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Hummingbird Hospital Part 2

Thursday, July 23, 2009


The injured hummingbird was feeding herself a much more wholesome preparation of Nektar-Plus by Tuesday afternoon, and when I saw her hobble over to the feeder and insert her bill for the first time, I smiled and said, “You can stay as long as you need to, as long as you can do that.”

She tried to fly, little buzzing sorties against the tank walls, and as she fussed it became clear that she had problems beyond simple starvation and exhaustion. Her head tilted to the right, and when she tired, she wound up in a heap again, tail spread, wings out, lying on her belly. It would be awhile before I’d know if she’d be releasable.


She was to spend nine days fretting in her tank, so excitable that I had to keep her in the back bedroom during the day lest she buzz and buzz herself to exhaustion. Her
injury was a concussion with brain swelling, probably from banging her head on a ceiling while trying to find a way out of the chemical plant. She had trouble using her right foot, and her head canted well over to the right.



But the tilt lessened day by day, and when she was able to hold it straight most of the time, she graduated to the soft nylon flight tent that I’ve used for several other hummingbirds and most notably for six chimney swifts and a pair of orphaned phoebes. Available from Campmor, 17 x 19 x 7’, and intended to keep mosquitoes and flies off the picnic site, It’s the best $100 I’ve ever spent.

She was very happy to have more space, and happiest of all to see the pots of flowers I had moved into the tent before releasing her.
You can see her hovering right over my head just after release. I haven't even hung up her feeder yet.


She took right to the Million Bells petunias, the blue Laurentia, my peach hibiscus named Mary Alice, and the upright fuchsia called Gartenmeister. When she’d drained them of nectar, she came back for her Nektar-Plus.

Here, Phoebe and Liam wait excitedly for the moment of release. First we must zip the sides closed!


16 comments:

congrats on the successful release!! rehabbing hummingbirds will always hold a special part in my heart.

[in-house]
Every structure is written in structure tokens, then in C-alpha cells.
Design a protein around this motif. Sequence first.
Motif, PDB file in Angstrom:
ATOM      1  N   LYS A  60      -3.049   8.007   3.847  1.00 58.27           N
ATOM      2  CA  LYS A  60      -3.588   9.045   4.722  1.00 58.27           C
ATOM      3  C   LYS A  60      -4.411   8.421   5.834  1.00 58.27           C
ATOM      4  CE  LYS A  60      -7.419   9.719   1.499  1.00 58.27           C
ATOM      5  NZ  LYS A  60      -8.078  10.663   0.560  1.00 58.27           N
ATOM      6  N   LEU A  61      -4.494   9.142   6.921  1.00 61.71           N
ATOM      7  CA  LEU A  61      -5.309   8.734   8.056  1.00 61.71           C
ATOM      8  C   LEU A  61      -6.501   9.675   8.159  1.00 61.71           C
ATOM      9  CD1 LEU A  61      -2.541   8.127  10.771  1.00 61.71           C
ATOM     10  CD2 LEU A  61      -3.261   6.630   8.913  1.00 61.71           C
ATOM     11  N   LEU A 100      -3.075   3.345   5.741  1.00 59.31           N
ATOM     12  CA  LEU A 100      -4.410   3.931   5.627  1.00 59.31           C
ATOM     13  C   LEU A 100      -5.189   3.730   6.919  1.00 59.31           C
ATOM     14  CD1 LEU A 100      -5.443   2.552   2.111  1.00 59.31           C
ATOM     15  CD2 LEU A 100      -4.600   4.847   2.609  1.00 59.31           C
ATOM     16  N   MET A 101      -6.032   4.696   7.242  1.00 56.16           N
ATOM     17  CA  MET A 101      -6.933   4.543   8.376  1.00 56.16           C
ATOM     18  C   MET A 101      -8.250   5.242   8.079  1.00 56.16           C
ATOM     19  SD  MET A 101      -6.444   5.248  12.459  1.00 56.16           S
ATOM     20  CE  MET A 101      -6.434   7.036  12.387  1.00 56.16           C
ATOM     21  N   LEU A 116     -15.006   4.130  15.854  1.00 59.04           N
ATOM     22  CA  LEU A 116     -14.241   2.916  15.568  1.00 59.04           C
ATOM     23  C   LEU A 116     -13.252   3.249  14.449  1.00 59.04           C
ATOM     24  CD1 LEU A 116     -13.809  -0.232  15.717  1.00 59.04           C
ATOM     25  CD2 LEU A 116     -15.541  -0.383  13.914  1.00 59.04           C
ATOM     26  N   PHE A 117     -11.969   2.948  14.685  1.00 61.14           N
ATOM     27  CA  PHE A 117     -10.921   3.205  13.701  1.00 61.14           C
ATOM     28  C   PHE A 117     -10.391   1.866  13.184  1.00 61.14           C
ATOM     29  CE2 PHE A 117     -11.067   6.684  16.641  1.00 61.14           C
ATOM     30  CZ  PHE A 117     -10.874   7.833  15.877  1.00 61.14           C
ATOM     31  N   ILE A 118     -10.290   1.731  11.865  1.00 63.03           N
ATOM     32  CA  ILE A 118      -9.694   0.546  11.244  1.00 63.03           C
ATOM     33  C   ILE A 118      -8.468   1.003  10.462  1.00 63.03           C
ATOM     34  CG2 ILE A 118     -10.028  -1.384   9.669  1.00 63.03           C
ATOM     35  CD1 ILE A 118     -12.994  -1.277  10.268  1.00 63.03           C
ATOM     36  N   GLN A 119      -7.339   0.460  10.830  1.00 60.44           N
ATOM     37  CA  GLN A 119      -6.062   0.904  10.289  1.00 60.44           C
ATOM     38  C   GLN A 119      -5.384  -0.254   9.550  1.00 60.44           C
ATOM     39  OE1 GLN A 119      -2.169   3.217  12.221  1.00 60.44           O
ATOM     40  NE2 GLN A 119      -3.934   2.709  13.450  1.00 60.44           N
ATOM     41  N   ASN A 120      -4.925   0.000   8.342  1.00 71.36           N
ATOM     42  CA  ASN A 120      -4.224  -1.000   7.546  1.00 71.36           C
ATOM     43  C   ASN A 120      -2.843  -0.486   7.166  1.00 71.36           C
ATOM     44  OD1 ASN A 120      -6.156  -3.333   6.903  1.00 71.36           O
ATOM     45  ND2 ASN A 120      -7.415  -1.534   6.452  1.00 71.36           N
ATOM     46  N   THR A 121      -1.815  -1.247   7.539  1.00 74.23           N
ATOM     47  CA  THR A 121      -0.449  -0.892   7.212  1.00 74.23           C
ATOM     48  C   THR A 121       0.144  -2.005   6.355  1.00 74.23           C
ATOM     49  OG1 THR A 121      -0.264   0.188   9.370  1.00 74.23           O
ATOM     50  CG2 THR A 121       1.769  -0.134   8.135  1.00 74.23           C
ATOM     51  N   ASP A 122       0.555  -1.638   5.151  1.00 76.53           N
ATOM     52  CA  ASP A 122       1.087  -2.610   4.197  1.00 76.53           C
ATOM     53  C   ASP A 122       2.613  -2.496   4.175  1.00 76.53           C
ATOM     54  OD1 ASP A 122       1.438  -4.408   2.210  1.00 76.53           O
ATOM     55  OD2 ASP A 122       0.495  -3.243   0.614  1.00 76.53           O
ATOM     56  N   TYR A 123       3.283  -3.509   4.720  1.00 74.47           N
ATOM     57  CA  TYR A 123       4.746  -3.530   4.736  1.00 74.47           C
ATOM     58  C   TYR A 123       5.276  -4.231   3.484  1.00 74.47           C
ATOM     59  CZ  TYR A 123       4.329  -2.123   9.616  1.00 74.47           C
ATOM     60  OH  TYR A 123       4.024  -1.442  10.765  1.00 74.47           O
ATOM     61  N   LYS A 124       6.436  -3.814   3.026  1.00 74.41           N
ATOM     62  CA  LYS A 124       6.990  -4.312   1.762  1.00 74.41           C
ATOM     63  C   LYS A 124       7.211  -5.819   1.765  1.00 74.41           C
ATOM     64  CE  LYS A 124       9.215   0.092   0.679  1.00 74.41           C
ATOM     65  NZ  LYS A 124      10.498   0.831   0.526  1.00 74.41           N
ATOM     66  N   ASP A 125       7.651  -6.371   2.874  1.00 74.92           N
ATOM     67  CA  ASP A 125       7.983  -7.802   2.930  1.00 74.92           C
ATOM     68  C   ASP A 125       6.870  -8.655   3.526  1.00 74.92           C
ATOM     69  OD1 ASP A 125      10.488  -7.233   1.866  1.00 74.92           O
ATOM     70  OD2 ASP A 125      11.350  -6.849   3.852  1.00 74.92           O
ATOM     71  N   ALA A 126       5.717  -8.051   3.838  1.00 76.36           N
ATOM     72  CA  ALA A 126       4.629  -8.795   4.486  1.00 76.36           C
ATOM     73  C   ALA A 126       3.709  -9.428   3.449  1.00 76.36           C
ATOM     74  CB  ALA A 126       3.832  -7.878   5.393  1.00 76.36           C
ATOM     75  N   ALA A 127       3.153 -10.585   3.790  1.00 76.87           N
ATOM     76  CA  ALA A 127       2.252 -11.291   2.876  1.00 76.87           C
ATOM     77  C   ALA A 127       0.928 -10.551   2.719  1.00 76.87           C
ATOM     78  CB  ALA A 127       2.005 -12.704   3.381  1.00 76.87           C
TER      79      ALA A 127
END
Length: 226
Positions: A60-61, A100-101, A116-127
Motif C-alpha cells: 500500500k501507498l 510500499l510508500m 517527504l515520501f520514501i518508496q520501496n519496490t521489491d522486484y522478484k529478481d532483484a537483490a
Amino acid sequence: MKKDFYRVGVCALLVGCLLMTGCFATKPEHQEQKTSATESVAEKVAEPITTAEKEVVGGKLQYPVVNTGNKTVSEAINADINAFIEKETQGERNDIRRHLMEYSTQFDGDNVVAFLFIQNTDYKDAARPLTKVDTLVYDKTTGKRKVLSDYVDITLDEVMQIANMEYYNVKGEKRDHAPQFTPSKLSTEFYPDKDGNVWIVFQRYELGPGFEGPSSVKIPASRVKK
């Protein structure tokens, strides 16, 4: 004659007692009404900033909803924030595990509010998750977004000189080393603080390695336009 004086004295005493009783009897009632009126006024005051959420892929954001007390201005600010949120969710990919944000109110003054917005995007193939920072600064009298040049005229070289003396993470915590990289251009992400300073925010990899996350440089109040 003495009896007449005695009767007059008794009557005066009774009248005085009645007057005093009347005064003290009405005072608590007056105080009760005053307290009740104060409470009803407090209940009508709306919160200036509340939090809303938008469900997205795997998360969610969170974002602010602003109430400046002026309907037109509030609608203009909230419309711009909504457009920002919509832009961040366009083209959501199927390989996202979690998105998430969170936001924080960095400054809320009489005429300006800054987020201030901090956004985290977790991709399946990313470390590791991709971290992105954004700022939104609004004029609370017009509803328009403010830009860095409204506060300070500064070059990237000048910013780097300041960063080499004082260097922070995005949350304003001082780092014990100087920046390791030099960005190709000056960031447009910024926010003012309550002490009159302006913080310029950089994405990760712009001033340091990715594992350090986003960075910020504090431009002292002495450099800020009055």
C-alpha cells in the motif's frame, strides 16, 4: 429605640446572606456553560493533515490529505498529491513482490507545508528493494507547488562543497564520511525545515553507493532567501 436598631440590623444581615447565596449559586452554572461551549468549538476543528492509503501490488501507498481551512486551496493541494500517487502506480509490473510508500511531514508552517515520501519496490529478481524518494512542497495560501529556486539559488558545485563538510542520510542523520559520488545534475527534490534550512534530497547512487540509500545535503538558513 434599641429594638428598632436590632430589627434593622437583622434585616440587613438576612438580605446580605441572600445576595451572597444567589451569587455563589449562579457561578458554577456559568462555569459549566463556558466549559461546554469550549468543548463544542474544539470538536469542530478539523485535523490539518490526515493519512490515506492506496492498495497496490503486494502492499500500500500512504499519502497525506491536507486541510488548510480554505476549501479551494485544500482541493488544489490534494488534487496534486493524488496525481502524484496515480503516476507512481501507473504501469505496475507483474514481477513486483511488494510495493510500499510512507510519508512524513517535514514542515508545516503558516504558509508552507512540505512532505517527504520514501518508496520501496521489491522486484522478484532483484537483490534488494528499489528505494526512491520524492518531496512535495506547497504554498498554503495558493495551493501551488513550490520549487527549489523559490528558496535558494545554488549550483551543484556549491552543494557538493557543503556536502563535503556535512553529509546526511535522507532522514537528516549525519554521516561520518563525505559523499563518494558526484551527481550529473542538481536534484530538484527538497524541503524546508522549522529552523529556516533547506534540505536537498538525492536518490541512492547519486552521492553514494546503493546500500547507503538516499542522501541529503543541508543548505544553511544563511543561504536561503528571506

Oh, I love that shot of Liam, head on his hands, waiting, waiting. What a beautiful boy.

Just amazing!

That is one lucky hummer.

Nice that you have the perfect assortment of blossoms in portable planters for moments like these!

Thanks, Marlene, but I should make clear that she was only being released into the rehab tent, not released into the wild. She still has a very long way to go. My writing doesn't make it clear, but I have several more posts that will.

Also, hearkening back to a previous comment: Nektar-Plus is much too expensive and spoils too easily to be safely used in hummingbird feeders. Think $90 for a jar of the powder that would last maybe a week if you were feeding multiple birds. Nektar-Plus is a specialty product for aviculturists and rehabilitators and zoos. It keeps only about 12 hours, thanks to the protein in the solution. Just plain old white sugar and water, 4 parts water to one part sugar, is all you need for wild hummingbirds. And no food coloring, of course.

Julie,

My mistake. I am 35 weeks pregnant and have lost all of my brain cells. Seriously... they are all gone. Your post makes perfect sense :-)

Looking forward to more updates.

Poor little bugger - Traumatic Brain Injury. Head tilt and one-sided weakness - classic neuro signs. Hopefully, rest and "tincture of time" will allow her to heal. That, and all the love, flowers, and sugar water she can absorb.

~K

I suspect this lucky hummer will recover due to your devotion and love.

Thanks from all of us out here who understand that it is mall steps, not giant leaps, that really make the big difference.

Just wonderful!

Bill;www.wildramblings.com

Julie, I really loved this story! I'm glad she's made it to rehab. She certainly can't complain about the facilities--Camp Julie!

Why did putting her in back bedroom keep her calmer--getting her away from noise and people?

I'll look forward to more about this little hummer!

Julie Zickefoose, Hummingbird Hero! So glad to see that she made such great steps to make it into the rehab tent. I can't wait to read more of her journey to recovery.

This is an inspiring story about a teeny little bird and a woman with a great big heart

My heart goes out to the bird and I appreciate your efforts in rehabilitating this cute wonder. I hope she will gather her strength back and get finally released into the wild...Thomas

What a lovely story and a lucky hummingbird. With such a devotion I'm sure it'll get well soon. I'll look forward to reading about its final release into the wild.

Beautiful, beautiful, beautiful. Warms the heart on a cold Alaskan day.

This is amazing! We are rehabbing a female Rufus hummingbird with the same injury. We are on day two and things look hopeful. She is barely making it to the food by herself but she is making improvement.Im going to purchase the rehab tent right now! Thanks. This means a lot to me and my two girls who love birds.

Posted by Kimbirdly May 25, 2014 at 9:37 AM
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